Frequently moving and going into foster care at age 15 isn’t the most ideal way to grow up.
Ferris criminal justice junior Kaylia Ervin used this experience to fuel her motivation to succeed.
Ervin was one of 12 students selected out of about 60 applicants for an internship with The Congressional Coalition on Adoption Institute in Washington, D.C.
“When my coordinator first told me of this internship opportunity. I thought it would be amazing to work closely with people so powerful in our nation,” Ervin said.
Ervin aims to get to the root of change by learning the process of passing bills and legislation that will help our youth.
According to Ervin, the goal of the internship is to devise a presentation containing both researched factual knowledge and personal experience to present to Congress on behalf of foster youth around the nation.
Ervin spent 11 years of her youth in the Bronx, Brookyn, California and Muskegon.
At fifteen, Ervin went into foster care in Muskegon.
“Being ripped from your family is always something that scars you and it’s hard to understand when you’re younger,” Ervin said. “However, I had wonderful foster parents.”
Ervin still maintains a close relationship with her biological siblings and mother, often visiting them during breaks.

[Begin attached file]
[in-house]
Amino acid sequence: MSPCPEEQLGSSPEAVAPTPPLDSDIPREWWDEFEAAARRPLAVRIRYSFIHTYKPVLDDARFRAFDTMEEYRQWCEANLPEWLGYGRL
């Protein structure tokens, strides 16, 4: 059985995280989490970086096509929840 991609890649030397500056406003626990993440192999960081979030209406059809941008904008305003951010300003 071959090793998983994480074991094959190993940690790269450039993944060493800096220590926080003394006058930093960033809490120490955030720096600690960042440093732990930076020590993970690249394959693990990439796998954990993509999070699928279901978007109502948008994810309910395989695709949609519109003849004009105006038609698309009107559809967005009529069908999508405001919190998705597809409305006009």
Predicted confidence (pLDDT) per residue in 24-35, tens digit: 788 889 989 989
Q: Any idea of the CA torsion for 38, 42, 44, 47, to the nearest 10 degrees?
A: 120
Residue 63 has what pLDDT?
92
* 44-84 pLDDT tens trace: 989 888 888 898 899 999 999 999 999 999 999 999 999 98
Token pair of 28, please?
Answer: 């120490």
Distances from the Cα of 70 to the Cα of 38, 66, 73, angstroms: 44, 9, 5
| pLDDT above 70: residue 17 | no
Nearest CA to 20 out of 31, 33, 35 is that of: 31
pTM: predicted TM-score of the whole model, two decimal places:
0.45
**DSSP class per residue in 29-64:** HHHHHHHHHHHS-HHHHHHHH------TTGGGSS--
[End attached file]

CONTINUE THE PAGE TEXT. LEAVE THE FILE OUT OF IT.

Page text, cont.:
“The one thing I took from this experience is that I am stronger than I give myself credit for,” Ervin said. “It toughened me up for the real world.”
Ferris junior criminal justice major Savannah Sims has known Kaylia for three years and said they are more like sisters.
“[Kaylia is] very goal driven and inspires anyone she’s around,” Sims said. “She gives from the heart without expecting anything back.”
Turning to faith became a big factor in getting Ervin through each day.
“Being a Christian and trying to maintain a relationship with God has given me peace,” she said.
In addition to her faith, Ervin also finds passion in finding answers and solving mysteries.
“My passion for mysteries made me want to pursue a career in criminal justice,” Ervin said. “I really can’t see myself doing anything else.”
Ervin enjoys listening to situations and interrogations of suspects and criminals in detail to find out the “why” and “how” behind their actions.
While remaining busy with 19 credits, Ervin works two jobs, is a member of the Ferris Youth Initiative and plays on the women’s rugby team.
While enhancing her professionalism in her college career, Ervin is just like any other fun-loving college student.
“I like to believe I maintain the perfect balance between being sophisticated and downright goofy,” she said.
Ervin graduates next May and plans to attend a dual degree program to earn her J.D. from Cooley and her Master’s in Social Work from Western Michigan University.
“[Kaylia] manages to put away that goofiness, articulate herself and handle the duties given to her in a professional manner,” Ferris junior general studies Vincent Veldink said.